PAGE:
Can a green car be both green and fun? Cadillac may have the answer in its Regen-On-Demand system, giving drivers fingertip control of the regenerative braking system.
The Cadillac ELR is an extended-range electric vehicle, built on architecture similar to its cousin, the Chevy Volt. Beyond that, it is a very different animal. Sporty and aggressive styling don’t evoke “electric vehicle,” much less “green car,” even though we know that electric vehicles are more fun to drive. Inside is everything you’d expect of a luxury car, including leather interior and wood paneling, as well as electronic safety and smart navigation systems.
Charging and driving the Cadillac ELR will reveal the true extent of this green car, but it’s performance shouldn’t leave the heart wanting in either direction. Most vehicles today are made with automatic transmissions, which leaves some people wanting for more. To give these people back their driving experience, specifically more control over shift points and gear changes, many vehicles feature electronic manual shifting, forcing the automatic to ignore it’s programming (within limits, of course).
Cadillace ELR’s Regen-On-Demand mimics this feeling of down-shifting, resulting in a more fun-to-drive experience. Tapping Regen-On-Demand kicks in regenerative braking, slowing the vehicle significantly for better control than simply using the brakes. At the same time, the car’s forward momentum is converted to electricity, which is stored the ELR’s 16.5 kWh lithium-ion battery pack for the next acceleration.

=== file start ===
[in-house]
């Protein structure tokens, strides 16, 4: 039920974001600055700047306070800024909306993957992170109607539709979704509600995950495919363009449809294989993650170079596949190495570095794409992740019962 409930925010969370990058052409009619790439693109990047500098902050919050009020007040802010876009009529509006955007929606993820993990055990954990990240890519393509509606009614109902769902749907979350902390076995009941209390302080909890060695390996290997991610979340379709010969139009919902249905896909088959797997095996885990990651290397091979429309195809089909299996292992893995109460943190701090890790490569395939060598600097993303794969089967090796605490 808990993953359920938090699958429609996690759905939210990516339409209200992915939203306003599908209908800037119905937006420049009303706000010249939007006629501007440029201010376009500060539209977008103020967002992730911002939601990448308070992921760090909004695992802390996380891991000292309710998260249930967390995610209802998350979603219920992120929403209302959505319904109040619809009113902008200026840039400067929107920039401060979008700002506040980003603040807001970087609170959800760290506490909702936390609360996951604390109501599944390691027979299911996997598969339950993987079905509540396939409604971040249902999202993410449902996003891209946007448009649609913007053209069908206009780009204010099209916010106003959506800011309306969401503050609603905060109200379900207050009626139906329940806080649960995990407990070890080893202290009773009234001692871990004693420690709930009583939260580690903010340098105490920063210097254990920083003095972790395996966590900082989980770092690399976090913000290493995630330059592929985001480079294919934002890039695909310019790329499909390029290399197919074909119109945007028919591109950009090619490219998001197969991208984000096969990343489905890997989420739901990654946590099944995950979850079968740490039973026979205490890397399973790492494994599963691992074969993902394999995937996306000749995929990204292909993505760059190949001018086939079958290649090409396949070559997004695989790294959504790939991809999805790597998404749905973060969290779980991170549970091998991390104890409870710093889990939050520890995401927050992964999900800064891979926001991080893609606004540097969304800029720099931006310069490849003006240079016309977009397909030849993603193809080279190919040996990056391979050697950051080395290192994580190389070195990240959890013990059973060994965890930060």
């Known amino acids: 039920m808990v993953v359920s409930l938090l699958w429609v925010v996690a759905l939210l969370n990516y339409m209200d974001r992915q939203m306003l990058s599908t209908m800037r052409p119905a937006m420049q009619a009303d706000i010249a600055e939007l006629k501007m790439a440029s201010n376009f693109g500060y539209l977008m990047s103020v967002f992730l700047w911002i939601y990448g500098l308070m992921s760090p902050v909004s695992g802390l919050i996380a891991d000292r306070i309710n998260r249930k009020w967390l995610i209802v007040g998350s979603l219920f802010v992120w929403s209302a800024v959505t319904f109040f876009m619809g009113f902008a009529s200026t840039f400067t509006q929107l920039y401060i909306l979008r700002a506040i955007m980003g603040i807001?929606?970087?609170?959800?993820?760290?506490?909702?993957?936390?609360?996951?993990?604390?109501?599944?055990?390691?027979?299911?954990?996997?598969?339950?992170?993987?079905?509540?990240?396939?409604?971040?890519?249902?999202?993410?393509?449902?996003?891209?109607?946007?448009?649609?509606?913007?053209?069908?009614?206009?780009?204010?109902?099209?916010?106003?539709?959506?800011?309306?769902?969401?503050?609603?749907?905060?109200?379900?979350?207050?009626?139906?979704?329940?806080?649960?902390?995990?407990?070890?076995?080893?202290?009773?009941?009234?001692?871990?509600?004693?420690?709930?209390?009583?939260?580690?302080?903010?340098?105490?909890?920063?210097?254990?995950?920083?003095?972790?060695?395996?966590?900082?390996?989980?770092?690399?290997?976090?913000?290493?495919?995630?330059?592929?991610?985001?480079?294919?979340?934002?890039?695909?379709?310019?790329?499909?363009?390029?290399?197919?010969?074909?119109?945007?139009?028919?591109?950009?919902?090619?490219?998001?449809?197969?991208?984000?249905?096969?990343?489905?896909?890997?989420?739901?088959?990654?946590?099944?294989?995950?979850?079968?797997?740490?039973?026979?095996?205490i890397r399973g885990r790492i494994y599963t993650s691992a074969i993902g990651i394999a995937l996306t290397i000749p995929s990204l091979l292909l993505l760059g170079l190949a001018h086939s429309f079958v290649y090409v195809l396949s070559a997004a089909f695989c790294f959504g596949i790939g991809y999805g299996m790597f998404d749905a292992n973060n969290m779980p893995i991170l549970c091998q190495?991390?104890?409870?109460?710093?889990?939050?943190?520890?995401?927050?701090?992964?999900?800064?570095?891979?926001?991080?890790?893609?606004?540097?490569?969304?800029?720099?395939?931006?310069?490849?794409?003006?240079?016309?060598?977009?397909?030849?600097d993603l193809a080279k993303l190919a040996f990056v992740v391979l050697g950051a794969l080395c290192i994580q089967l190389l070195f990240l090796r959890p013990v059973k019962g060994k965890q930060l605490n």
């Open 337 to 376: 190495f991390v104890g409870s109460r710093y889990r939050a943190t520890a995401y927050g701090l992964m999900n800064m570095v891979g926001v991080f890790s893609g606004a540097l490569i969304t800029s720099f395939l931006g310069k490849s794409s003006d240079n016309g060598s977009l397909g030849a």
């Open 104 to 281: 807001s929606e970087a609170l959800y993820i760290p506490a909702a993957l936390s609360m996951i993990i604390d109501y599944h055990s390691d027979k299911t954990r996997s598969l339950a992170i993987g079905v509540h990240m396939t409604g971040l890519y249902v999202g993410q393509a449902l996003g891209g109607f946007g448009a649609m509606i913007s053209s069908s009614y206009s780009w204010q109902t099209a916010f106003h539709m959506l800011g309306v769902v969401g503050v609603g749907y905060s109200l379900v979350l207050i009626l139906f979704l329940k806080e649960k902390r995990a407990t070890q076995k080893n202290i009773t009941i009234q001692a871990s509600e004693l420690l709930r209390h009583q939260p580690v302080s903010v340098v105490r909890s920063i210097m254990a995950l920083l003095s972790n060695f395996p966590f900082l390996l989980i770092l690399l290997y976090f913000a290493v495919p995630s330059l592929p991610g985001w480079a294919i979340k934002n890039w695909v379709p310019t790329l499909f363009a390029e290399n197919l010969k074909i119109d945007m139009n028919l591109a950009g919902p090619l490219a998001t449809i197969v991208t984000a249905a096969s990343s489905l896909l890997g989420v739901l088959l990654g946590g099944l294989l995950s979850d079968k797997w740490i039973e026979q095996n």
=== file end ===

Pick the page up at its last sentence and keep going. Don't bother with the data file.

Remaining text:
“Regen-On-Demand is one of the key systems enabling the Cadillac ELR to merge performance with efficiency in a dynamic new way. Putting regenerative braking at the driver’s fingertips supports the ELR’s 340-mile total driving range while also adding a fun-to-drive element to the premium luxury coupe,” said Jim Vurpillat, Cadillac’s director of emerging markets.
Cadillac ELR’s Regen-On-Demand system is the winner of Green Car Journal’s 2014 Green Car Technology of the Year Award, which was announced yesterday, January 22, 2014, at the Washington Auto Show. (You can see my pick here, which I’m somewhat disappointed wasn’t correct. Oh well.)
Image © General Motors